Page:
Most people are aware that heat pumps, despite their name, also can provide a cooling function to households and businesses. But are they as good at cooling a building as a traditional air conditioner? And if they are as good as air conditioners, what makes them different from an air conditioning unit, and why would a typical homeowner select one over the other? This discussion will endeavor to clear up those little mysteries, and provide a basis for selecting one or the other in given situations.
How the Two Are Different
During summer, when a heat pump would be functioning as a cooler, according to Climate Progress in an article on the Huffington Post, there is no visible difference between the two units at all – they do exactly the same thing. However there is a difference, and that difference comes into play during winter when the heat pump would be used as a heating unit. Because a heat pump is equipped with a reversing valve, the flow of refrigerant can be reversed, which in essence reverses the inside and outside units. In this state, the inside unit of the heat pump would circulate warm air while the outside unit would discharge cool air.
Benefits of an Air Conditioner
According to Tom Konrad, when a home is equipped with an air conditioner, it must also have a furnace for heating during the winter. The benefit to this setup is that a furnace will not shut down if the temperature outside gets cold, but an ordinary heat pump may do that. Some of the newer, more capable heat pumps are ‘all climate’ models that can tolerate extreme cold, but these are not in general use yet. An air conditioner will also usually have a lower initial cost than a heat pump, and has historically fewer problems than a heat pump.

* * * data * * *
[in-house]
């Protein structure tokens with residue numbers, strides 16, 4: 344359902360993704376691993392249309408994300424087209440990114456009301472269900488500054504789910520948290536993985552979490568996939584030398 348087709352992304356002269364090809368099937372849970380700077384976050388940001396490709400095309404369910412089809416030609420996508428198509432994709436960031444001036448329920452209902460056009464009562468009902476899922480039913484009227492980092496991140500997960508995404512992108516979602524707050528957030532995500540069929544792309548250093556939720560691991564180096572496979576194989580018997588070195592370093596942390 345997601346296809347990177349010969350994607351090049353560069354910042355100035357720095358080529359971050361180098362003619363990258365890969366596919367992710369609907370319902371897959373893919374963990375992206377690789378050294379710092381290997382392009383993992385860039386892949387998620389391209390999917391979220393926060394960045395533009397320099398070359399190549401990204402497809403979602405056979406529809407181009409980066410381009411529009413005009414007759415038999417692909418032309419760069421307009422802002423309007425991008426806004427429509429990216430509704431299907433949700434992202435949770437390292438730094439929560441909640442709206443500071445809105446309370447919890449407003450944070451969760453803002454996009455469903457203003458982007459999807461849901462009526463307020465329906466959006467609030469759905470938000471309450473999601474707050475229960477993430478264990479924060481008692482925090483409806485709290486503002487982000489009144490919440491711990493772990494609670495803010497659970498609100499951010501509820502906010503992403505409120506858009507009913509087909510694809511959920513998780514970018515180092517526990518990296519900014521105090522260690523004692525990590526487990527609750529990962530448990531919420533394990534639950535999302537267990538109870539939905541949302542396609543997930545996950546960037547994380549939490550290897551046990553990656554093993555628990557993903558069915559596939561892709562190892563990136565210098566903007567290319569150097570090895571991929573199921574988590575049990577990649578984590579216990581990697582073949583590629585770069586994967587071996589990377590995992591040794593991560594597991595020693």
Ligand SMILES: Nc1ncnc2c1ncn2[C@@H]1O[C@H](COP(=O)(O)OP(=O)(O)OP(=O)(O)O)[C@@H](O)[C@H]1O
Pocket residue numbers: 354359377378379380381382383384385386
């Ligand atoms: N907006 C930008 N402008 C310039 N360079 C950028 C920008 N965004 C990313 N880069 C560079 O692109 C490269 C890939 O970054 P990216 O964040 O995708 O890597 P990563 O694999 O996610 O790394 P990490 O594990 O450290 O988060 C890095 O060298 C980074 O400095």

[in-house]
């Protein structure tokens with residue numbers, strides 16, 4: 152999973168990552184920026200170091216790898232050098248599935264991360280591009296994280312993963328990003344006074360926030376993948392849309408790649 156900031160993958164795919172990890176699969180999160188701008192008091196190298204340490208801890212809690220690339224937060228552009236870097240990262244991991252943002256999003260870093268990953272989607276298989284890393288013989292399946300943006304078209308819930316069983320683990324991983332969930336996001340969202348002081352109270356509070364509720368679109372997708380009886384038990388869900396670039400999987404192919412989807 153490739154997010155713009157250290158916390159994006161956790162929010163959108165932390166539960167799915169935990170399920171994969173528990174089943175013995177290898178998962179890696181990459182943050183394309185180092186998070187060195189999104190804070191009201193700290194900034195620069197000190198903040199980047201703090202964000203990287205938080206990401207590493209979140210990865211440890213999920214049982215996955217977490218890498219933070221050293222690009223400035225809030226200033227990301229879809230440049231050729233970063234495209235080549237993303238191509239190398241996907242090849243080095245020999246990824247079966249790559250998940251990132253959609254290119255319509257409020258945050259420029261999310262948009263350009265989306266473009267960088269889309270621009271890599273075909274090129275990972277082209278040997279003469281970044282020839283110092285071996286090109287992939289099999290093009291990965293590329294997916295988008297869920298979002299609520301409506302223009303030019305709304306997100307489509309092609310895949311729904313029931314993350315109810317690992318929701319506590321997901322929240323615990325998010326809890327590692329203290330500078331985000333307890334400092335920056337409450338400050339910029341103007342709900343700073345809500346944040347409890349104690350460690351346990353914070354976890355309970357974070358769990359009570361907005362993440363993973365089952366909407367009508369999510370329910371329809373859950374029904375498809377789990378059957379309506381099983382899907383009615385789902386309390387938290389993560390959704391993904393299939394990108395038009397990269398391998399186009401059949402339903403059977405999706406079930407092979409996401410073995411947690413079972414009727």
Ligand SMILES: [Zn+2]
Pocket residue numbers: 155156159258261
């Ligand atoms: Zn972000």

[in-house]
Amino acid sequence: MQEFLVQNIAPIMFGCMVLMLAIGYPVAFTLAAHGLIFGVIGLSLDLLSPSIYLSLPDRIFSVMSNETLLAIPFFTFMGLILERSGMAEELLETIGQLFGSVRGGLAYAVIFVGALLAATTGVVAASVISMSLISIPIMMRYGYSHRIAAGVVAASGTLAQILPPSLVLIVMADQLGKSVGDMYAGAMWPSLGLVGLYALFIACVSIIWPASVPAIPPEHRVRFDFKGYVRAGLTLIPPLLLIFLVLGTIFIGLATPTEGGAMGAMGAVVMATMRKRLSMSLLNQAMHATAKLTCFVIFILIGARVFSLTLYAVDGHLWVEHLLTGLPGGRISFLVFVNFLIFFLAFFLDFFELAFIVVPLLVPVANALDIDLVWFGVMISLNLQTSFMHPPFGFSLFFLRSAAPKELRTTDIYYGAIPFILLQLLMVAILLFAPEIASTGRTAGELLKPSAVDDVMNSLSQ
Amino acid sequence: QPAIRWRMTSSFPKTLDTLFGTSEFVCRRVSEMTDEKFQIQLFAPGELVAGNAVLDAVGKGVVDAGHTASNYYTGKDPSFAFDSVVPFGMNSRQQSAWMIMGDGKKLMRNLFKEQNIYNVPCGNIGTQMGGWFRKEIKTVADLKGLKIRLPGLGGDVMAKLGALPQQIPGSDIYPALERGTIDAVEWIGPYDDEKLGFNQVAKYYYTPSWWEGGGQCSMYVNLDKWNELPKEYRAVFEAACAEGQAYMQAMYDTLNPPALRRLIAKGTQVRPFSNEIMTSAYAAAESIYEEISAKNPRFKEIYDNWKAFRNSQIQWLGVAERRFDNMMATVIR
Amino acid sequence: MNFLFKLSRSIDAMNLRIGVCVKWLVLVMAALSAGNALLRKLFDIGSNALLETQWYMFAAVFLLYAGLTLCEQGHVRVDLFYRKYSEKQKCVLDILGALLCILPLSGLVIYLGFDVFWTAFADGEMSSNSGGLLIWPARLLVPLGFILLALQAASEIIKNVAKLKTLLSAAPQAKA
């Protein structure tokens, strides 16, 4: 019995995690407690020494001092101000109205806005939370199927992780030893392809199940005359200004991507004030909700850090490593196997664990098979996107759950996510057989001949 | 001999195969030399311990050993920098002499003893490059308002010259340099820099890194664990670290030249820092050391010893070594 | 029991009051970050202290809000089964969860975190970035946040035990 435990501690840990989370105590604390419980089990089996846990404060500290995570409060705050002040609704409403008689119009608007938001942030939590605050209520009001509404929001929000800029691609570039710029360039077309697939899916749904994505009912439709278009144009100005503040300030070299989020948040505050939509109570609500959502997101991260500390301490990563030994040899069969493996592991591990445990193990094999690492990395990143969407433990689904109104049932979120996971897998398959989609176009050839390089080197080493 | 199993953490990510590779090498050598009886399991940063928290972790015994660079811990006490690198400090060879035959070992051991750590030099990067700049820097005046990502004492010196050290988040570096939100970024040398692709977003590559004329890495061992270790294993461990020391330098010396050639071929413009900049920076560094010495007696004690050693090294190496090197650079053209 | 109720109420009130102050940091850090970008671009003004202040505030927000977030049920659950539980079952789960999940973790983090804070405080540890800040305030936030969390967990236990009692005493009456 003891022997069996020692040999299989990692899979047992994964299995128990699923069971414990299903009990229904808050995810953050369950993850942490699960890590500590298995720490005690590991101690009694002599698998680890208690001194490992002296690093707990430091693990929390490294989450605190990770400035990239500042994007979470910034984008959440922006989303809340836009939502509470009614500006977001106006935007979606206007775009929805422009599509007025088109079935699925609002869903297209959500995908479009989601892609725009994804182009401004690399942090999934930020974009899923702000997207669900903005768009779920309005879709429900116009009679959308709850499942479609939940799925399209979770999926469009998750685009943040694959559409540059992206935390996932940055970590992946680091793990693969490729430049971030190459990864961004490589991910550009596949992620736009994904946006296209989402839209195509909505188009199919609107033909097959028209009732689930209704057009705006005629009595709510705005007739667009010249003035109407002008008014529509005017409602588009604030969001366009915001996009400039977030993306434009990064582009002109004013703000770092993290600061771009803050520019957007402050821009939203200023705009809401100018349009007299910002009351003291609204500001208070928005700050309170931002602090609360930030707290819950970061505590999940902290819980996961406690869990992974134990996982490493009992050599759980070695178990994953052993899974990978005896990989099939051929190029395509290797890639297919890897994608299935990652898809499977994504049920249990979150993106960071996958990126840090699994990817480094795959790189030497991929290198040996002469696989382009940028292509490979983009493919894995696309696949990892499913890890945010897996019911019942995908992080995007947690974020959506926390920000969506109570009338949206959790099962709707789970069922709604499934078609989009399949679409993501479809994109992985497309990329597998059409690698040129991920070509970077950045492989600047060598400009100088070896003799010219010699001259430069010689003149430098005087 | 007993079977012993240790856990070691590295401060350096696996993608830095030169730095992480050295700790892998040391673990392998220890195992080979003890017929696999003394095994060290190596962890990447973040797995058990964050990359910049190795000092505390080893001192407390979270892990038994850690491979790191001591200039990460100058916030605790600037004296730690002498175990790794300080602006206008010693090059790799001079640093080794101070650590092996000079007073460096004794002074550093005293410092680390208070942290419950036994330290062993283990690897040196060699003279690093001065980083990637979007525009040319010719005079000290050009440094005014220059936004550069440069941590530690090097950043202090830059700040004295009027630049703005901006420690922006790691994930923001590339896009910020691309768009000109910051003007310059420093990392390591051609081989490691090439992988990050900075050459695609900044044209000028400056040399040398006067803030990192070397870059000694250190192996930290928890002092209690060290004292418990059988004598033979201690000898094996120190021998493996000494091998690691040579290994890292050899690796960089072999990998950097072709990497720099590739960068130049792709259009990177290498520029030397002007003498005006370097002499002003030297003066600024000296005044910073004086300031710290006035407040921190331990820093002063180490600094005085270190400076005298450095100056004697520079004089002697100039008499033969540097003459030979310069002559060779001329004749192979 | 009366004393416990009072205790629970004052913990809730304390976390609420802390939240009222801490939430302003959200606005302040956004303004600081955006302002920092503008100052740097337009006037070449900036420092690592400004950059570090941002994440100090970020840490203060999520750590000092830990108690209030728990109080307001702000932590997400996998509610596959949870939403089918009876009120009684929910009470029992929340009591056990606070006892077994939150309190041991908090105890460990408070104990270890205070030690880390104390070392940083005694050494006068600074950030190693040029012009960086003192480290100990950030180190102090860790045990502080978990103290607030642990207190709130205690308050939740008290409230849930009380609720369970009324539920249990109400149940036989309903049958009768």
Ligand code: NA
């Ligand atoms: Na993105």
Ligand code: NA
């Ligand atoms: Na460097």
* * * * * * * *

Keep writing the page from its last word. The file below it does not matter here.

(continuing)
Benefits of a Heat Pump
According to Washington Energy Services, when using a heat pump, a home will probably not require any other source of heat generation, and it is very likely to have lower annual costs than the air conditioner/furnace tandem. Heat pumps can be used with a ‘green’ geothermal setup which is less expensive and takes advantage of the earth’s natural warmth. It also uses energy that is not a fossil fuel, which reduces the carbon footprint on the planet. In general, heat pumps will be more energy efficient than air conditioning units, especially if the air conditioner is a somewhat older model. Lastly, a heat pump takes up considerably less indoor space than a furnace would, freeing up room for other storage.
How to Choose Which is Right For You
Unless you purchase one of the new ‘all-climate’ heat pumps that can handle extremes of weather, you might not want to go with a heat pump if you live in a traditionally wintry climate. Below 32 degrees Fahrenheit, they are not as effective at heating the home, and you would need a secondary heating source. If you live in a climate that doesn’t get that cold, or if you do live in a cold area but can purchase the all-climate heat pump, the heat pump might be the better buy.
Otherwise, decide what is most important to you – the savings you can realize from having an all-in-one HVAC system, the green technology of geothermal heat pumps, or the lower initial cost and slightly better maintenance record of an air conditioner.